How should I pack for a trek? What should I pack for a multi-day hike? What is too much? And what is too little? How am I going to carry it all? Which gear and trekking supplies should I buy in advance and which can I buy on the ground? Continue Reading »
As the top of the hour nears in Prague, crowds gather in front of the Astronomical Clock on Staroměstské náměstí (Old Town Square) and wait for the show to begin — all in a ritual that’s happened almost daily for six hundred years of the clock’s life.
The first attention goes to the twelve apostles that emerge from the little window at the top. They go around in a circle as if to bless the hour. One level down in the zodiac section of the clock the skeleton rings the bell to measure our lifetime, indicating that we have one less hour of life. Around the skeleton, other figures representing the sins of vanity, greed and extravagance shake their heads, a humorous indication that they are not ready to go, ready to die.
But our personal favorite part of the Prague astronomical clock show occurs at the very end. Continue Reading »
Amidst all this, travel also offers freedom. Among those freedoms, the greatest freedom of all: the freedom to let go.
Sounds about right, doesn’t it? But what does “let go” really mean? Continue Reading »
Our alarm went off at the ungodly hour of 4:30AM. We were huddled together trying to stay warm against the freezing temperatures of the night in a rented tent that wasn’t quite meant for people of Dan’s height. The temptation to turn off the alarm and roll over instead of heading out into the frigid pitch of pre-dawn was difficult to resist. Under these circumstances, there’s always a danger that each waits for the other to make the first move.
It was the final morning of our trek in Torres del Paine National Park, Chile. The previous five days, we’d survived wind storms that forced us to cling to mountainside shrubs. I’d suffered a mysterious spider bite that made my eye look like I just emerged from a heavyweight boxing match.
We were worn. No pain, no gain, they say. Fortunately, we’d been rewarded with mind-opening landscapes and trekking camaraderie that more than made up for it all.
And this morning’s trek would cap off six days’ effort with a sunrise view of the namesake towers, the Torres del Paine. Continue Reading »
Every year we try to go on a big trek, one that takes us far far away and high into the mountains. For us, it’s not only a way to exercise our bodies, but to clear and challenge our minds. It’s a way to disconnect from all that is part of our daily life — technology, social media, blogging — and reconnect with nature and ourselves.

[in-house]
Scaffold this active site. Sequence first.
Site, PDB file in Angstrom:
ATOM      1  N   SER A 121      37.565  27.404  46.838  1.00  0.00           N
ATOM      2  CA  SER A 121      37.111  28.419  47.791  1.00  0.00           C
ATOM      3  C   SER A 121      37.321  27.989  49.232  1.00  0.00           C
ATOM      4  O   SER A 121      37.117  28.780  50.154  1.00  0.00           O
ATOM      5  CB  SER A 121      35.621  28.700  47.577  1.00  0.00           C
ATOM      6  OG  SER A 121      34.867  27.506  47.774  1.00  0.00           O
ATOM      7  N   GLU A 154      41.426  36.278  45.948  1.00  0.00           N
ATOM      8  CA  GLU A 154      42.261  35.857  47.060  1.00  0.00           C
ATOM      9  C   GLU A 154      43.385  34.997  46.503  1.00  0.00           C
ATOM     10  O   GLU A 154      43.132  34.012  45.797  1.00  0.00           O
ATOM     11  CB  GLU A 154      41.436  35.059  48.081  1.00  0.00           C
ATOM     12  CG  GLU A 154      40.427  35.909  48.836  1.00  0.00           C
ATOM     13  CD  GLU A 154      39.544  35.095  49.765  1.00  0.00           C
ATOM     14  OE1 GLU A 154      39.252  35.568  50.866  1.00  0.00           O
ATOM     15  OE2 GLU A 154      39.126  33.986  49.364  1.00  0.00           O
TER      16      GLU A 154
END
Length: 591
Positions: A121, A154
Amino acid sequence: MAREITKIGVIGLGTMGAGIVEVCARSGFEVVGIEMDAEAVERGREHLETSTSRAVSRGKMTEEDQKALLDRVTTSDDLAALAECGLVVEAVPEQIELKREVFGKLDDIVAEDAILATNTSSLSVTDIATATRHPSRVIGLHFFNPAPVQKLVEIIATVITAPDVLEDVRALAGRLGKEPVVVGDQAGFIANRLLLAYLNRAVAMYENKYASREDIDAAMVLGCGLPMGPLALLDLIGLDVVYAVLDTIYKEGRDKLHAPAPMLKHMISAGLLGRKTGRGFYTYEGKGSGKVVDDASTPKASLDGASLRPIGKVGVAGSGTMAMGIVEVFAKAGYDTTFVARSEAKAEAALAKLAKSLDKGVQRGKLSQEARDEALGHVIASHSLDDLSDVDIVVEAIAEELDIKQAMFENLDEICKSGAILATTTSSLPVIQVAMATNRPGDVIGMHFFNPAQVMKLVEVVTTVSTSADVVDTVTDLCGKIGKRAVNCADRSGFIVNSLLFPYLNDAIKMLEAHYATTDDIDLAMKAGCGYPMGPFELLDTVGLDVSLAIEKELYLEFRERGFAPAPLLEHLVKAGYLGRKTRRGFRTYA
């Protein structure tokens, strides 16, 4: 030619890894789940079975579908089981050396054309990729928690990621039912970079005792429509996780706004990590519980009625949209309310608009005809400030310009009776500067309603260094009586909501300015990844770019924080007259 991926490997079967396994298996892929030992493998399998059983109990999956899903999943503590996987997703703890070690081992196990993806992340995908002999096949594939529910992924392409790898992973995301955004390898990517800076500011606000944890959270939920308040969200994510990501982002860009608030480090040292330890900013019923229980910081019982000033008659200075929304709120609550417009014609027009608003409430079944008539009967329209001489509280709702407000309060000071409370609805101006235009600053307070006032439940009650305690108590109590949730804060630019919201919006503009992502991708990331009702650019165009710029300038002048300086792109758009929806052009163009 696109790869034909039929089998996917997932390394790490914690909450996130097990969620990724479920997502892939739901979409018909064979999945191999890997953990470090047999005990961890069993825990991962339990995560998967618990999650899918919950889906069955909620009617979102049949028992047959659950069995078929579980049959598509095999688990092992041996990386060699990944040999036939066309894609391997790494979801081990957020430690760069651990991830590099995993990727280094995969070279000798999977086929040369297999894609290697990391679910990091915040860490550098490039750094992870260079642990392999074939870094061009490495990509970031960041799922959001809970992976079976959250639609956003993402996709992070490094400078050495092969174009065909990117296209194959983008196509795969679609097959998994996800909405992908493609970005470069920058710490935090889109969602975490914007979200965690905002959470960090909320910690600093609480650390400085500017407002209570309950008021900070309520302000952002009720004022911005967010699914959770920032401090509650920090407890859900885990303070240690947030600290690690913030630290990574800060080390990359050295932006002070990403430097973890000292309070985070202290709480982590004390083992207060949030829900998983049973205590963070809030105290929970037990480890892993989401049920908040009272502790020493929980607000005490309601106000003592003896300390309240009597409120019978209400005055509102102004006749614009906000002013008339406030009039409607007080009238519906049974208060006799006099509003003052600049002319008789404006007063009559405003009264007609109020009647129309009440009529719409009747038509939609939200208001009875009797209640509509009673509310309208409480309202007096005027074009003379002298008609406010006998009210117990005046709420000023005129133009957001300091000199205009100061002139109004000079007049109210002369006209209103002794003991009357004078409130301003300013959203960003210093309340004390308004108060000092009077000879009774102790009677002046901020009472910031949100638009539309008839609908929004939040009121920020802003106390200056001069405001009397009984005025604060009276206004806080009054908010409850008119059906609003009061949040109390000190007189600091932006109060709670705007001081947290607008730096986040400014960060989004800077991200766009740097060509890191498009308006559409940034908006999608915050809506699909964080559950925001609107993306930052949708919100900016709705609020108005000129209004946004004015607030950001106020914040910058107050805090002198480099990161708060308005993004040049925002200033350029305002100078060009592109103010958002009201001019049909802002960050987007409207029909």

We were on our way north, making the long return journey from south of the Antarctic Circle to our final destination in Ushuaia, Argentina. The captain announced that we would soon be going through the Lemaire Channel, a narrow passage strait in northern Antarctica framed by steep cliffs and icebergs.
Everyone aboard ship was invited on deck and to the bridge to appreciate the view. One of the benefits of our vessel, the G Adventures MS Expedition, was an “open bridge” policy that allowed, within reason and safety, visits with the captain and his crew during our journey. Once on the bridge, we took in the instrument panel, complete with various monitors, scopes and blinking bits. It didn’t take long to determine that the instruments indicated there was a lot more to the icebergs underwater than above the surface. Continue Reading »
“Eat an onion from each new place you visit to adjust your body to the local cuisine.” — Words of wisdom from one of our guides on the subtle appreciation of eating one’s way through Iran.
Traditional Iranian cuisine combines the savory of fresh herbs and spices like saffron, merges it with the sweet of pomegranate, barberry and cinnamon and tops it all off with a flourish of nuts, dried fruits and beans. The result: not to present one distinct flavor, but to serve up layers that keep the taste buds guessing as to what is and what’s coming next.Continue Reading »
When late afternoon falls and the day comes to a close in Southern Namibia, a ritual begins: the sundowner.
Prepare yourself by four-wheeling it to an overlook, high perch, or just about anywhere you can catch the sunset bathe the vastness of the Namibian desert landscape.
Then wait. Continue Reading »
Have you ever told yourself that you weren’t able to do something? Then one day you just got up and did it?
To kick off the new year, a few thoughts on the power of doing, committing, expectations, and motivating oneself to do better – through my own personal — and admittedly tortured — relationship with running. If you don’t care about running, imagine in its place something you keep telling yourself you cannot do.Continue Reading »
The sun sets on another day in Udaipur, India. People gather at the lake’s edge to watch the day wind to an end and to take part in evening puja (prayers). This ritual, a daily cycle, elegantly pays reverence and homage to one day while preparing for the next.
As we move from reflecting on and closing out the past year to engaging in the new one, I thought of this ritual and scene from the beautiful city of Udaipur in the Indian state of Rajasthan.
Colorful, peaceful and connected to the rhythm of the days, the years, and life.
Open up the panorama to full screen to see for yourself. Continue Reading »